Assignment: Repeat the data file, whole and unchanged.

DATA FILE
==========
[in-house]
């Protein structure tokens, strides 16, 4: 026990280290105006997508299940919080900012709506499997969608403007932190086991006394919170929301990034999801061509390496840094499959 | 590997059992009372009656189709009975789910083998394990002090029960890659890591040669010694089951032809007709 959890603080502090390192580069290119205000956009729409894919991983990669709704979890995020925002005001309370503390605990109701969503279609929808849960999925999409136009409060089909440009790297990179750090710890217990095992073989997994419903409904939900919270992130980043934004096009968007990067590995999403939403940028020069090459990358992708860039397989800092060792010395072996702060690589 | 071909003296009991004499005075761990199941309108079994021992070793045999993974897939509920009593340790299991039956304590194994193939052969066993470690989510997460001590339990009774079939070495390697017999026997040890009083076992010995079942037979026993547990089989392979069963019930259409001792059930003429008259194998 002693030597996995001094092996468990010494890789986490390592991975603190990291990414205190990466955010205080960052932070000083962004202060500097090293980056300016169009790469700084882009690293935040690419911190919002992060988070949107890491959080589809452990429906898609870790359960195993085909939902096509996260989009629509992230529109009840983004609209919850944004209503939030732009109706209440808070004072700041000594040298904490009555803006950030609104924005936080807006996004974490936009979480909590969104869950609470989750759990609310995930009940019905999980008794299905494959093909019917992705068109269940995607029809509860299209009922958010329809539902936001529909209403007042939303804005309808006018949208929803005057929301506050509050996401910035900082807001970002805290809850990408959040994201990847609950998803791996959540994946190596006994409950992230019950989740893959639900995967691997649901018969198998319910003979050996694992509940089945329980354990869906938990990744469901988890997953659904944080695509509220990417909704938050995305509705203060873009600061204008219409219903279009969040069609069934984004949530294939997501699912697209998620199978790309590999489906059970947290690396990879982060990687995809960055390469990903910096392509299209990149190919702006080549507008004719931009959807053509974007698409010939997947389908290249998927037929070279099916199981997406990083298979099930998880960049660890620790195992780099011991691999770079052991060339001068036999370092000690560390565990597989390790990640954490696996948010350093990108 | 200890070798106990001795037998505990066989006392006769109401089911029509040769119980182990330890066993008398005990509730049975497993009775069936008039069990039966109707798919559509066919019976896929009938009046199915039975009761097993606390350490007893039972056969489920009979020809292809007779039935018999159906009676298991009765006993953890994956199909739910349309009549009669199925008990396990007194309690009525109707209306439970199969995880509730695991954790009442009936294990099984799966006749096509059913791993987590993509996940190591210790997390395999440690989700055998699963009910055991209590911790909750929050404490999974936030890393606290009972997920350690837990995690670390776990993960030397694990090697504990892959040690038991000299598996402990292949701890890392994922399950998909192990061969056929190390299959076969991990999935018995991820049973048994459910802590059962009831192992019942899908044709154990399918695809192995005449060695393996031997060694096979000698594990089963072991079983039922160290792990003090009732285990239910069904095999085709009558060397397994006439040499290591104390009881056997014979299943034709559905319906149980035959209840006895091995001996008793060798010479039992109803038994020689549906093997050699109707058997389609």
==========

[in-house]
């Protein structure tokens, strides 16, 4: 026990280290105006997508299940919080900012709506499997969608403007932190086991006394919170929301990034999801061509390496840094499959 | 590997059992009372009656189709009975789910083998394990002090029960890659890591040669010694089951032809007709 959890603080502090390192580069290119205000956009729409894919991983990669709704979890995020925002005001309370503390605990109701969503279609929808849960999925999409136009409060089909440009790297990179750090710890217990095992073989997994419903409904939900919270992130980043934004096009968007990067590995999403939403940028020069090459990358992708860039397989800092060792010395072996702060690589 | 071909003296009991004499005075761990199941309108079994021992070793045999993974897939509920009593340790299991039956304590194994193939052969066993470690989510997460001590339990009774079939070495390697017999026997040890009083076992010995079942037979026993547990089989392979069963019930259409001792059930003429008259194998 002693030597996995001094092996468990010494890789986490390592991975603190990291990414205190990466955010205080960052932070000083962004202060500097090293980056300016169009790469700084882009690293935040690419911190919002992060988070949107890491959080589809452990429906898609870790359960195993085909939902096509996260989009629509992230529109009840983004609209919850944004209503939030732009109706209440808070004072700041000594040298904490009555803006950030609104924005936080807006996004974490936009979480909590969104869950609470989750759990609310995930009940019905999980008794299905494959093909019917992705068109269940995607029809509860299209009922958010329809539902936001529909209403007042939303804005309808006018949208929803005057929301506050509050996401910035900082807001970002805290809850990408959040994201990847609950998803791996959540994946190596006994409950992230019950989740893959639900995967691997649901018969198998319910003979050996694992509940089945329980354990869906938990990744469901988890997953659904944080695509509220990417909704938050995305509705203060873009600061204008219409219903279009969040069609069934984004949530294939997501699912697209998620199978790309590999489906059970947290690396990879982060990687995809960055390469990903910096392509299209990149190919702006080549507008004719931009959807053509974007698409010939997947389908290249998927037929070279099916199981997406990083298979099930998880960049660890620790195992780099011991691999770079052991060339001068036999370092000690560390565990597989390790990640954490696996948010350093990108 | 200890070798106990001795037998505990066989006392006769109401089911029509040769119980182990330890066993008398005990509730049975497993009775069936008039069990039966109707798919559509066919019976896929009938009046199915039975009761097993606390350490007893039972056969489920009979020809292809007779039935018999159906009676298991009765006993953890994956199909739910349309009549009669199925008990396990007194309690009525109707209306439970199969995880509730695991954790009442009936294990099984799966006749096509059913791993987590993509996940190591210790997390395999440690989700055998699963009910055991209590911790909750929050404490999974936030890393606290009972997920350690837990995690670390776990993960030397694990090697504990892959040690038991000299598996402990292949701890890392994922399950998909192990061969056929190390299959076969991990999935018995991820049973048994459910802590059962009831192992019942899908044709154990399918695809192995005449060695393996031997060694096979000698594990089963072991079983039922160290792990003090009732285990239910069904095999085709009558060397397994006439040499290591104390009881056997014979299943034709559905319906149980035959209840006895091995001996008793060798010479039992109803038994020689549906093997050699109707058997389609």